• Nonconformance tracking: Incoming raw materials need to be inspected and then managed properly if any defects or issues are found. Tools like nonconforming material tracking provide the necessary workflow and reviews to determine the disposition type of a nonconforming material. This helps to maximize the quality of the materials an organization receives, while providing better visibility into the cost of poor supplier quality.
  • Supplier rating: The quality of the supplier goods is critical to the success of a product. By incorporating the supplier rating system into the FSMS, an organization is effectively quantifying the performance of its suppliers. This helps to determine which suppliers provide the best materials for a product and allows suppliers to improve their own quality and safety processes in order to increase their supplier ratings.

Integration to this level ensures that suppliers are fully in step with the enterprise, which helps create a level of visibility that promotes common and cooperative quality and safety processes down the supply chain.

Conclusion

The integrated food safety management system streamlines compliance with the GFSI food safety standards. It consolidates the common processes, improves visibility into quality and safety, and boosts employee productivity. Risk-based filtering tools enable an organization to focus on those events that pose the highest risk to the business by helping to conquer data paralysis. Enterprise reporting helps to consolidate all information for better trending and data analysis across the enterprise, and integrating internal and supplier audits ensures compliance in all processes and procedures.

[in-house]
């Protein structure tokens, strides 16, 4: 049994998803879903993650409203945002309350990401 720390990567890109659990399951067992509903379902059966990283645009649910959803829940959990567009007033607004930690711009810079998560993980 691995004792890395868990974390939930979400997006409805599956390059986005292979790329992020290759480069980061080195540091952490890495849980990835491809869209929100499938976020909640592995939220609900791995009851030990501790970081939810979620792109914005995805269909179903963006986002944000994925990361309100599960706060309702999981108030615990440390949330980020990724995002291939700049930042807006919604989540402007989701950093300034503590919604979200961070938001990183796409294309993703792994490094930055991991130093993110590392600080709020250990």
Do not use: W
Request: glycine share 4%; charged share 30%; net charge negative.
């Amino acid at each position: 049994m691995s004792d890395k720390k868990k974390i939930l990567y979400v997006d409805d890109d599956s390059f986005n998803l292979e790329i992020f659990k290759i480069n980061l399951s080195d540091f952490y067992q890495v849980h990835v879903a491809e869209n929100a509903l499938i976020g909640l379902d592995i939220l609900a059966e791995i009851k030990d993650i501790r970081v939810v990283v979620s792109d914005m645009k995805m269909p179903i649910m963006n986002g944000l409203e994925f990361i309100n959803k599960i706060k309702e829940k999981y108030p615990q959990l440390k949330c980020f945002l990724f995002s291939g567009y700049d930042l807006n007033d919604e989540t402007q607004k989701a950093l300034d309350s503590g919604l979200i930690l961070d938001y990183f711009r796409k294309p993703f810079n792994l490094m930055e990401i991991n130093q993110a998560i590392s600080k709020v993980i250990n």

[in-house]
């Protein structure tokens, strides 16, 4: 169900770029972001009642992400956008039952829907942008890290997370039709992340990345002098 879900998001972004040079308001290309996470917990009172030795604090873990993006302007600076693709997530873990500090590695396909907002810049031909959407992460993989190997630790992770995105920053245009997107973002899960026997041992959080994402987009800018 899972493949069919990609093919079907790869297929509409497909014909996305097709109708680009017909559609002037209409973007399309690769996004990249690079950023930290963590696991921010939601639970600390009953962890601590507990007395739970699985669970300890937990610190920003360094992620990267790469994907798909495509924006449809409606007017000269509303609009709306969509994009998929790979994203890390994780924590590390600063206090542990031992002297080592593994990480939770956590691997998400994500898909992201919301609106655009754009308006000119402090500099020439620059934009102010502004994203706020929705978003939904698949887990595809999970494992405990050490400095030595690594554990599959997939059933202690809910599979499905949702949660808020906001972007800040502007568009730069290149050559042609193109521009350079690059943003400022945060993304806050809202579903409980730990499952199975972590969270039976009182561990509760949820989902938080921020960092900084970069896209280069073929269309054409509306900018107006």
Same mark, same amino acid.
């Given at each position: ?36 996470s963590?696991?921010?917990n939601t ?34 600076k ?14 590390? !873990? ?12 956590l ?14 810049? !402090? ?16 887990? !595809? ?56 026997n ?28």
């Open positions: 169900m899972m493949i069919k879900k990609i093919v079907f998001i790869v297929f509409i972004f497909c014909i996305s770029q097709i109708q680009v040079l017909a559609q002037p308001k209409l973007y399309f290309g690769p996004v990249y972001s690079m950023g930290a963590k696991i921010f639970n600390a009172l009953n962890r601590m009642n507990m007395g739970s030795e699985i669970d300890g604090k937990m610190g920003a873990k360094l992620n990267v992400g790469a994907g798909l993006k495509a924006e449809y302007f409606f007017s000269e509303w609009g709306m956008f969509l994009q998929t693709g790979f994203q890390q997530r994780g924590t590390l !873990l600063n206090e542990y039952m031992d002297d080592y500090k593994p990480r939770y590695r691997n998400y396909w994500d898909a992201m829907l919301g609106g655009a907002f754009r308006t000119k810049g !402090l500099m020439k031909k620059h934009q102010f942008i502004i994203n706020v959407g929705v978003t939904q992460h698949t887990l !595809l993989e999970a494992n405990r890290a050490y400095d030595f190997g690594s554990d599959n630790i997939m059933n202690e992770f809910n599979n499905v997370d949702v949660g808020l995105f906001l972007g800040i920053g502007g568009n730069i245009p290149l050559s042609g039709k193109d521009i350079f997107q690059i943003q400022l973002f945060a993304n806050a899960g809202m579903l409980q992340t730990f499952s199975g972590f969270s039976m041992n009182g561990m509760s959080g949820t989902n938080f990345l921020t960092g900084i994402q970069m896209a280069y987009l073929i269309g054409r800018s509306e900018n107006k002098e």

Organizations can then take quality to the next level by extending supply chain integration beyond audits. This ability enables an organization to identify top supplier risks and lets suppliers collaborate in the quality and safety processes.

An integrated food safety management system is the link to enhanced communication and visibility across the food chain and the supply chain—and the key to global compliance across the enterprise.

 


Brenda Percy is the product marketing analyst for EtQ Inc., based in Farmingdale, N.Y. EtQ specializes in enterprise quality, EHS, and compliance management software for identifying, mitigating, and preventing high-risk events through automation. She can be reached at bpercy@etq.com.